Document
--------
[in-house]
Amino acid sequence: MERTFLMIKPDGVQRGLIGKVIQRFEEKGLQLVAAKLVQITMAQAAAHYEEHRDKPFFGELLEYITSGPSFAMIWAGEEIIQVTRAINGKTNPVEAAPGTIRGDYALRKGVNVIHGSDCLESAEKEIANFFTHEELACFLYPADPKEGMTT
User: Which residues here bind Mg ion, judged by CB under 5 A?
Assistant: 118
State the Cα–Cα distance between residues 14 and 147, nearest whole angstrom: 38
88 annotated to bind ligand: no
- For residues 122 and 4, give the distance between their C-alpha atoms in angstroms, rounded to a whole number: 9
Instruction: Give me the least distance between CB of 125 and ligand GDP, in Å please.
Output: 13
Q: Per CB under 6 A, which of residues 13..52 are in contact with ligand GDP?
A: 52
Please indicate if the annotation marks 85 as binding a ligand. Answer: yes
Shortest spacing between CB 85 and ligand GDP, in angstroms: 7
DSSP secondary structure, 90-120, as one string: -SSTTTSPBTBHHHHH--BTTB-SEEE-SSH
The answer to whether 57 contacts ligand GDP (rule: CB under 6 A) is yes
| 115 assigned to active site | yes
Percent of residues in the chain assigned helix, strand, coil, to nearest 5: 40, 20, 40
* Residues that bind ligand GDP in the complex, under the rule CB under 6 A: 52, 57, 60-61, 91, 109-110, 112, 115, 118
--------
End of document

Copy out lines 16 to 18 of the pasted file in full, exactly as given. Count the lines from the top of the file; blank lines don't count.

| 115 assigned to active site | yes
Percent of residues in the chain assigned helix, strand, coil, to nearest 5: 40, 20, 40
* Residues that bind ligand GDP in the complex, under the rule CB under 6 A: 52, 57, 60-61, 91, 109-110, 112, 115, 118